Felix Ruano on Why Poor Communities Need a Global Understanding
Felix Ruano. (Asia Society)
Felix Ruano was born to a poor immigrant family in a rough part of Los Angeles, where violence and poverty were facts of life. Nevertheless, he managed to excel athletically and academically. He was captain of his high school soccer, track, and cross-country teams, and served as the school newspaper's editor-in-chief and head of its model UN. Off campus, he did volunteer work in Mexico and Nicaragua and helped start a philanthropic organization called ChangeFire. He was ultimately named a Gates Millennium Scholar and now studies economics and global development at Harvard.
Ruano, who attended a school in Asia Society's International Studies School Network, says that having an international perspective is critical for succeeding in an increasingly globalized world. In advance of the launch of Asia Society's Center for Global Education. He spoke with Asia Blog about how students from disadvantaged communities can develop "global competence" and "break the chain of poverty."
Why is global competence important in today’s world?
We go back to this theme of globalization a lot, even in my university setting. The countries that were dominating a couple of decades ago are no longer the clear winners in this economy, and as we look at the workforce developing into the very globalized workforce, it's very important to understand the different, new skill sets that are required to be a very productive member of society. So when I think about how to instill those skill sets in the new generation and students coming under me, I think about multiple skill sets that are not being really inculcated within a public school or any education environment. And I think global competence relates directly to that, because if we're able to instill this passion for understanding the global economy and how global systems work, in a very direct and very tactical way by targeting very practical skill sets, I think that's the most beneficial way for improving education.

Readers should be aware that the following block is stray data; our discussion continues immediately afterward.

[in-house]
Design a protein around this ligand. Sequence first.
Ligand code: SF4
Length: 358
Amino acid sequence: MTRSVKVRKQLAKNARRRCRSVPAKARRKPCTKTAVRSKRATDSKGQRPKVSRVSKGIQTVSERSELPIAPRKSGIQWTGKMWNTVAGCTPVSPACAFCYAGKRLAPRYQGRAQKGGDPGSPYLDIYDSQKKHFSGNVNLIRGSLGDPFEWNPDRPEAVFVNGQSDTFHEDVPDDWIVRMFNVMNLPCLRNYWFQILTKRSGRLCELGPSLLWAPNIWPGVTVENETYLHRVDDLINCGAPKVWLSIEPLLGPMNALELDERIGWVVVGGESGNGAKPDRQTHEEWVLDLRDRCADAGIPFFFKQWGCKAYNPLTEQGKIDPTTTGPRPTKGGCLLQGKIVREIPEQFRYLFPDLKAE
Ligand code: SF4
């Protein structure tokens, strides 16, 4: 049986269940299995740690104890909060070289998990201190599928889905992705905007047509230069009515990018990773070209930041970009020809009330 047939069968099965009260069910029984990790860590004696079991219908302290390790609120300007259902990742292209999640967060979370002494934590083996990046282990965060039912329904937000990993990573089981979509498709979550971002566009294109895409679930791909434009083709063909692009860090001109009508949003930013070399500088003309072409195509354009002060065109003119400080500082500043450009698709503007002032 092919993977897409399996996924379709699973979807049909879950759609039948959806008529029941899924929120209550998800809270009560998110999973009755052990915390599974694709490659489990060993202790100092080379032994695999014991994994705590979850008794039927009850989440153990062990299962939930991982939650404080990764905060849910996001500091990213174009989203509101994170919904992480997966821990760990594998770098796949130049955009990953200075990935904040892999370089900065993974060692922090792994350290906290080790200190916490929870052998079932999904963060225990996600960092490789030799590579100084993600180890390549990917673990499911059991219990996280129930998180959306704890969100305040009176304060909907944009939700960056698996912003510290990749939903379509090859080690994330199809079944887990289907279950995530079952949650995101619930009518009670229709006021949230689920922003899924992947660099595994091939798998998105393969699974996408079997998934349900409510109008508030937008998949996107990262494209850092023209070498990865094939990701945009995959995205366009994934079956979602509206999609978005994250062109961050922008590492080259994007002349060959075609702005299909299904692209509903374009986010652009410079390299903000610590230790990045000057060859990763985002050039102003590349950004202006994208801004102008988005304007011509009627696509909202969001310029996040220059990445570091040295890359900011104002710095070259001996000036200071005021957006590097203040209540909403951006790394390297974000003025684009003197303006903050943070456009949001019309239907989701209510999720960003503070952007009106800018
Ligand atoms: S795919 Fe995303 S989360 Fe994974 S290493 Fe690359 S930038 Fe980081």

How can we make sure today's youth grow up more globally competent than in previous generations?
That's a very good question. I think there are so many ways to improve this skill set of global competence. When I think about my experiences, there are very targeted ways that I was able to relate to a globally competent curriculum. One that comes to mind is improving curriculums so that they relate more to a global mindset. Essentially, the countries that are the major players in the world have a lot of value to an individual or a student. So in other words, we're no longer saying "these are the skill sets that dominated your parents' generations" or "these are the economies that were dominating your parents’ generation." We're saying: Let's look at the next 50 years and see what the economic trends are, and the global trends that are going to impact the youth of today, and then prepare the youth for that. And that takes a mind shift in what we teach young adults.
What are some challenges that youth from socio-economically disadvantaged backgrounds face in developing a feeling of global citizenship?
I think in communities like the one I grew up in — communities living below the poverty line — the main needs are not even fulfilled when we think about shelter and food. That means education gets pushed to the side, and that's unfortunate because a lot of the circumstances in underprivileged communities, a lot of those situations are related to global trends that, as students, it would be very beneficial to understand — some of the major forces that are creating those conditions. And those forces are not hyper-local, they are not related to just a small community. They are very much a part of major economic forces that are influencing how they are living and how their conditions are affecting education. It's very much an interconnected system. So I think, one way to potentially break that chain of poverty is to instill a better understanding of the global world and see how students can ultimately impact that world directly, whether by education and then eventually through some sort of career trajectory.